People Grieve Differently
Why We Grieve Differently
by Jinny Tesik, M.A.
We accept without question uniqueness in the physical world... fingerprints, snowflakes, etc. But we often refuse that same reality in our emotional world. This understanding is needed, especially in the grieving process. No two people will ever grieve the same way, with the same intensity or for the same duration.
It is important to understand this basic truth. Only then can we accept our own manner of grieving and be sensitive to another's response to loss. Only then are we able to seek out the nature of support we need for our own personalized journey back to wholeness and be able to help others on their own journey.
Not understanding the individuality of grief could complicate and delay whatever grief we might experience from our own loss. It could also influence us, should we attempt to judge the grieving of others - even those we might most want to help.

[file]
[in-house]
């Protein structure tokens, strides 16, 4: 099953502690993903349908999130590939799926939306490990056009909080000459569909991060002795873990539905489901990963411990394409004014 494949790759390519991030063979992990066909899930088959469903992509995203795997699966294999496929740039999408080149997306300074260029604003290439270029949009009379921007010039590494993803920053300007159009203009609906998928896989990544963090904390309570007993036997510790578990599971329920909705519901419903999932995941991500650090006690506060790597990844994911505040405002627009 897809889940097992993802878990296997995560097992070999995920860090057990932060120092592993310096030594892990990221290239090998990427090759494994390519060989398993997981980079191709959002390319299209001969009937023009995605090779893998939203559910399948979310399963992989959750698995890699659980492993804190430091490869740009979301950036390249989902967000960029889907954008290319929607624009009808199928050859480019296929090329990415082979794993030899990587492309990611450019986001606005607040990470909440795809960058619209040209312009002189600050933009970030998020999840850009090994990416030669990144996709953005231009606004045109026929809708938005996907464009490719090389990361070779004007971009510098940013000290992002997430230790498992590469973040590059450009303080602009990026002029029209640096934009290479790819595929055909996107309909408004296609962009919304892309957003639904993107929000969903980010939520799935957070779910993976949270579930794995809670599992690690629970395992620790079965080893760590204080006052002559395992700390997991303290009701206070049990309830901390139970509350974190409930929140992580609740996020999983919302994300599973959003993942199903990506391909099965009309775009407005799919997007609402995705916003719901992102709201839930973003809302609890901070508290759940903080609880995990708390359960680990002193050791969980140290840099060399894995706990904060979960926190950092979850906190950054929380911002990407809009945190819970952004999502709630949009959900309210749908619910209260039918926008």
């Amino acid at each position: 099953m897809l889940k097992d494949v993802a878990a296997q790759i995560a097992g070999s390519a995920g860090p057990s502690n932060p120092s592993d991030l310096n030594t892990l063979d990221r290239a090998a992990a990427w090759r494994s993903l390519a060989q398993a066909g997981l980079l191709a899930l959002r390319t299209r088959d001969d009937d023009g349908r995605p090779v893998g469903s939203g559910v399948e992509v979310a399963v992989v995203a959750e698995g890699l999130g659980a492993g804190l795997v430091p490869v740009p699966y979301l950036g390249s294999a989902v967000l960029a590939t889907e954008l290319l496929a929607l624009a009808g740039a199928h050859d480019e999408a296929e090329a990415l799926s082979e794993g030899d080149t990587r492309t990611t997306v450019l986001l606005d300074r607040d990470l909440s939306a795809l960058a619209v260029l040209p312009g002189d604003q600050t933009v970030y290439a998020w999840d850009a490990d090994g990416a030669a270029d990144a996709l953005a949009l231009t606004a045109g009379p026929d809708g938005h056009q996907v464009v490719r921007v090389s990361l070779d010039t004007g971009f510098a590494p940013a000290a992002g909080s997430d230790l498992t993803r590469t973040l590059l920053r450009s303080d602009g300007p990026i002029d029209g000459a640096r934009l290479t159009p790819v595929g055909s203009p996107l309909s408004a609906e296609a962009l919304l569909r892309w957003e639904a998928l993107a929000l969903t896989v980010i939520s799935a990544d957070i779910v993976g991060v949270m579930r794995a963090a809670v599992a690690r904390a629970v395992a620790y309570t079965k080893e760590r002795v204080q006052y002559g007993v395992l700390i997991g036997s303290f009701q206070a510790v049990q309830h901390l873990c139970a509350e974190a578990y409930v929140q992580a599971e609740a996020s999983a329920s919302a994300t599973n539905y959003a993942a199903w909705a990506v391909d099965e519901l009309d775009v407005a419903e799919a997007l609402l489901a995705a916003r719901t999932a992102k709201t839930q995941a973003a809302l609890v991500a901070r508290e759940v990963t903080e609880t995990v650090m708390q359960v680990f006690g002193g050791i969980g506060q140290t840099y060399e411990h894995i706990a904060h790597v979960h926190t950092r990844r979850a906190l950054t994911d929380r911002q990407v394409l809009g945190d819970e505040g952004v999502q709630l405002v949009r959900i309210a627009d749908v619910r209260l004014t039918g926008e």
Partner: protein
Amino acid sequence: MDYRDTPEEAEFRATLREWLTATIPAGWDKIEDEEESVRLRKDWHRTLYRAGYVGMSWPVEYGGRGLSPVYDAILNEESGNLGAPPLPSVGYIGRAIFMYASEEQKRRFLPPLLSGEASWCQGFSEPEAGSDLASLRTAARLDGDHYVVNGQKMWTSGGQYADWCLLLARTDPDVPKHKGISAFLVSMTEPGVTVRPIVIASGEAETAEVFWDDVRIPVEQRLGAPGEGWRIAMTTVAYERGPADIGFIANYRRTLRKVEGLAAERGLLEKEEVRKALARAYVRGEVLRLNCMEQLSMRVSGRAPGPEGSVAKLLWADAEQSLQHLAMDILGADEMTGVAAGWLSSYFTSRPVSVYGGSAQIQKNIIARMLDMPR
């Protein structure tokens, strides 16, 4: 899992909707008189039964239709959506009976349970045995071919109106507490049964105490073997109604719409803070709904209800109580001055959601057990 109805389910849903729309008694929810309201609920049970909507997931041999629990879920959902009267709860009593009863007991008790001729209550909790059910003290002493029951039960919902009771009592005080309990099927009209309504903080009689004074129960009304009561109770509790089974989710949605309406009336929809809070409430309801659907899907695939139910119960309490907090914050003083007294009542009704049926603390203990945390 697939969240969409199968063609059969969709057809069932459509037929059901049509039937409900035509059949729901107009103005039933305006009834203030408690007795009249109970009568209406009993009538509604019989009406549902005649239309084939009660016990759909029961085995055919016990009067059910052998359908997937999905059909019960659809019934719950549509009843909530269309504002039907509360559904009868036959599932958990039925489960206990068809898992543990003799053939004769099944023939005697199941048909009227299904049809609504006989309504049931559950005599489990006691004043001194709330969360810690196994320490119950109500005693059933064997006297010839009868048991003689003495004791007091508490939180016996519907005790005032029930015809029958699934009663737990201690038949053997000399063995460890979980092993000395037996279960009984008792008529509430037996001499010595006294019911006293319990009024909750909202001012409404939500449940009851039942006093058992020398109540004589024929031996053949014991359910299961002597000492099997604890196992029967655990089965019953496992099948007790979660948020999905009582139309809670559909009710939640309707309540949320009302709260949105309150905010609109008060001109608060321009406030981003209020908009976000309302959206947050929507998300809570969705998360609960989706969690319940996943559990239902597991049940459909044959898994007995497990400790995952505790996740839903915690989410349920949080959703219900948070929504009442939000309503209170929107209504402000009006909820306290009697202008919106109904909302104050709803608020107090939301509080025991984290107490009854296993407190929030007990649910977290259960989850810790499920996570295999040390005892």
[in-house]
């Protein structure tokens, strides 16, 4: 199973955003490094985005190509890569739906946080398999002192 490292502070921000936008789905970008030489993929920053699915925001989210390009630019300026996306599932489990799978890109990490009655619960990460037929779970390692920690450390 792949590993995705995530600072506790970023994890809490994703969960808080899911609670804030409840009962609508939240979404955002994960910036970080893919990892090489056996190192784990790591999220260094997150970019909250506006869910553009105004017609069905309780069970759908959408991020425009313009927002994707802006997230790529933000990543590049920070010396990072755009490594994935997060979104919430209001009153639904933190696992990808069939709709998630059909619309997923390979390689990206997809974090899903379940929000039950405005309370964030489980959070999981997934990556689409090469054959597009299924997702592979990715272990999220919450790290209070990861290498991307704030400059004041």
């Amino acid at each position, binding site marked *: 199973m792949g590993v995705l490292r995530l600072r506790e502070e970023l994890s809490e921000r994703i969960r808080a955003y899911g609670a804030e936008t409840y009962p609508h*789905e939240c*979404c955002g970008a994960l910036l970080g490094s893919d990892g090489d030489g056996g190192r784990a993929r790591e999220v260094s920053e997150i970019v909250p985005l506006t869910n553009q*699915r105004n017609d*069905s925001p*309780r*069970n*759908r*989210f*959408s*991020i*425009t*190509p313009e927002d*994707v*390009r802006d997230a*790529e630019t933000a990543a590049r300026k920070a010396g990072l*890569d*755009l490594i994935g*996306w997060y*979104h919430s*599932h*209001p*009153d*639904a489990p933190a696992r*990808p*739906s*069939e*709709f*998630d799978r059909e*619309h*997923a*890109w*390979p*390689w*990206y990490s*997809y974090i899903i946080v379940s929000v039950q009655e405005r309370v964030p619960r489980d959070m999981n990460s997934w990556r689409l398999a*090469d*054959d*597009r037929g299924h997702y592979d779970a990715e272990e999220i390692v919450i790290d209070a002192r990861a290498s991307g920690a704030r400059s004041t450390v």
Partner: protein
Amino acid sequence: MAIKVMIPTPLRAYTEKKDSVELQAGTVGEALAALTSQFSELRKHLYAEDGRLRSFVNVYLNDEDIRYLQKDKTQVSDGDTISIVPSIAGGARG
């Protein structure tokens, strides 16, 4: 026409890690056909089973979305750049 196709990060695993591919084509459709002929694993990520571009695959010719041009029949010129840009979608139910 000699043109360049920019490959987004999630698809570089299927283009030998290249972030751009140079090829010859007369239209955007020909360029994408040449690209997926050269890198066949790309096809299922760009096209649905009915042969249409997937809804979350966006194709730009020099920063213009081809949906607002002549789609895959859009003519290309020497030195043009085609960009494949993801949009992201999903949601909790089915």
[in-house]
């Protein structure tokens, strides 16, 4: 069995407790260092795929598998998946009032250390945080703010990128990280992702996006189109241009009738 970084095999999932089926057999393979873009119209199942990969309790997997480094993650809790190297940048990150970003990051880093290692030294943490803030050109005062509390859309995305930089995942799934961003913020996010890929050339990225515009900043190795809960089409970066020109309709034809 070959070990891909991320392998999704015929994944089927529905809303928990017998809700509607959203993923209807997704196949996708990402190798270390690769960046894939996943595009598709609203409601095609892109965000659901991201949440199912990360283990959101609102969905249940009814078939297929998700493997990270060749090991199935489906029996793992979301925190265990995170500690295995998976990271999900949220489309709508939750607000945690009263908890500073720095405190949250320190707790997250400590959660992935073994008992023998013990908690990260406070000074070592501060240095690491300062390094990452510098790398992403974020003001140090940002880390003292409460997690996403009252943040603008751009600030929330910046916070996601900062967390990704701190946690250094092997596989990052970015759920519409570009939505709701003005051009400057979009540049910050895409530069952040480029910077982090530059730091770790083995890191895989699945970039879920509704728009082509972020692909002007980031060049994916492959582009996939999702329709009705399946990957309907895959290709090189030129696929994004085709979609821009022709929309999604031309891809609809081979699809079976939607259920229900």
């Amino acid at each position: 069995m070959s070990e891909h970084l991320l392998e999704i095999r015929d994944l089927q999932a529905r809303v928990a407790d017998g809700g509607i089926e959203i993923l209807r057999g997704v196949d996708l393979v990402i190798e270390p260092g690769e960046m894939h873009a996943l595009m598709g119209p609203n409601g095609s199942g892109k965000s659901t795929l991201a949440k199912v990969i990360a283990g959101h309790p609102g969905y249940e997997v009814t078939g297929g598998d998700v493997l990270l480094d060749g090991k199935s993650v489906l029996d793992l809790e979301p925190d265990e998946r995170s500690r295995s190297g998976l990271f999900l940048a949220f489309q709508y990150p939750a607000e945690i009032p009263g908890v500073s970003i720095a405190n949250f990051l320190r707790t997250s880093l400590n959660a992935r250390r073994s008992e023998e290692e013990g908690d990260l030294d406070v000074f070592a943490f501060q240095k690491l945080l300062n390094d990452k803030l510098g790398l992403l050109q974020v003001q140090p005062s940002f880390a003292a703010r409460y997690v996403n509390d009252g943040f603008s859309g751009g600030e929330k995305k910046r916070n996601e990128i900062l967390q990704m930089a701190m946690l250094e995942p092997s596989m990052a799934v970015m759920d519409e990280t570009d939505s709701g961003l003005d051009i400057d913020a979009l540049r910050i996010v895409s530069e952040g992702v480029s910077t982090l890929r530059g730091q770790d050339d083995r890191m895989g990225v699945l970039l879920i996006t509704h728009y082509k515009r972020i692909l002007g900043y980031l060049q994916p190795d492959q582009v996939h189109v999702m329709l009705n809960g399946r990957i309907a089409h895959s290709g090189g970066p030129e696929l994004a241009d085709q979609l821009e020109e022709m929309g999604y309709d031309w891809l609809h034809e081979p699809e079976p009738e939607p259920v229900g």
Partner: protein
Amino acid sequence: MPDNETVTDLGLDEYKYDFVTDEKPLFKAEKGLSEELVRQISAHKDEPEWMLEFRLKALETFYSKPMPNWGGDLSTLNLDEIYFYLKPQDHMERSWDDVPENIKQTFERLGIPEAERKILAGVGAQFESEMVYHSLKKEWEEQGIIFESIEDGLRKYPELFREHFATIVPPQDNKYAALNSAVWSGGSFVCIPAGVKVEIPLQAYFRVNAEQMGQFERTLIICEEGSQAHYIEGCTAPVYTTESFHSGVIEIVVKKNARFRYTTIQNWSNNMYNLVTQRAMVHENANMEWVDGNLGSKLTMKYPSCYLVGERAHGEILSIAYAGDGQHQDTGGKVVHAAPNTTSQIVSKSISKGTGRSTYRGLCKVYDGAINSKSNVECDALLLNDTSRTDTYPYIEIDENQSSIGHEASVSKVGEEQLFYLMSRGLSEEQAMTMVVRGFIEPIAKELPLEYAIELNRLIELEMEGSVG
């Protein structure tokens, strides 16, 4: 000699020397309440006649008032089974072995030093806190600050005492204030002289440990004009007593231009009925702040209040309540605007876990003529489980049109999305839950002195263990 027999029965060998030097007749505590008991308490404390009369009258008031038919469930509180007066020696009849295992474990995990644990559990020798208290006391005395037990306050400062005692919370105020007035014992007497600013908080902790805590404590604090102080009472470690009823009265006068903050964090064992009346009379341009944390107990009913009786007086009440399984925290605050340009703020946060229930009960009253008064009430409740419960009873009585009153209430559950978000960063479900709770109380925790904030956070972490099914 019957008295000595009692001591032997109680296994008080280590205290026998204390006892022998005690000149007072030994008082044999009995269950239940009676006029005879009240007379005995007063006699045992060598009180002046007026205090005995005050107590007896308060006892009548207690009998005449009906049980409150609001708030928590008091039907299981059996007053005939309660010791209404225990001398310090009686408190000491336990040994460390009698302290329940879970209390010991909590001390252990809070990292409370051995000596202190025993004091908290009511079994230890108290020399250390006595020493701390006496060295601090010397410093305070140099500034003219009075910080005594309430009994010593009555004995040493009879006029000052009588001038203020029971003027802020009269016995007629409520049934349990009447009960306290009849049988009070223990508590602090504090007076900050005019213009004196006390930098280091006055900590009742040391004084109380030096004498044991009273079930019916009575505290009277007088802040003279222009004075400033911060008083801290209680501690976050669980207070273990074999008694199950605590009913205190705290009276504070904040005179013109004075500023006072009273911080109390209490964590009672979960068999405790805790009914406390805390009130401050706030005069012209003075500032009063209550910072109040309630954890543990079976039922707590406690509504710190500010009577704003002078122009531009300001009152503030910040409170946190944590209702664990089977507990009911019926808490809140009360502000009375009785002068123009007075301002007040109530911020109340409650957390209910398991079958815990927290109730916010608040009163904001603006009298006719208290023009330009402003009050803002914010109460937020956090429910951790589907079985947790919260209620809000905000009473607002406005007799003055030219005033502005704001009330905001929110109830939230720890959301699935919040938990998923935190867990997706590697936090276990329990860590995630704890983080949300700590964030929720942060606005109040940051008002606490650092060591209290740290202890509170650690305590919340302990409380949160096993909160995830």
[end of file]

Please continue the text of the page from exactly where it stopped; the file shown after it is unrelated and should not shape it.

Each of us is a unique combination of diverse past experiences. We each have a different personality, style, various way of coping with stress situations, and our own attitudes influence how we accept the circumstances around us. We are also affected by the role and relationship that each person in a family system had with the departed, by circumstances surrounding the death and by influences in the present.
Past experiences from childhood on, have a great impact on how we are able to handle loss in the present. What other losses have we faced in our childhood, adolescence, or adulthood? How frightening were these experiences? Was there good support? Were we allowed to express our feelings in a secure environment? Has there been a chance to recover and heal from these earlier losses?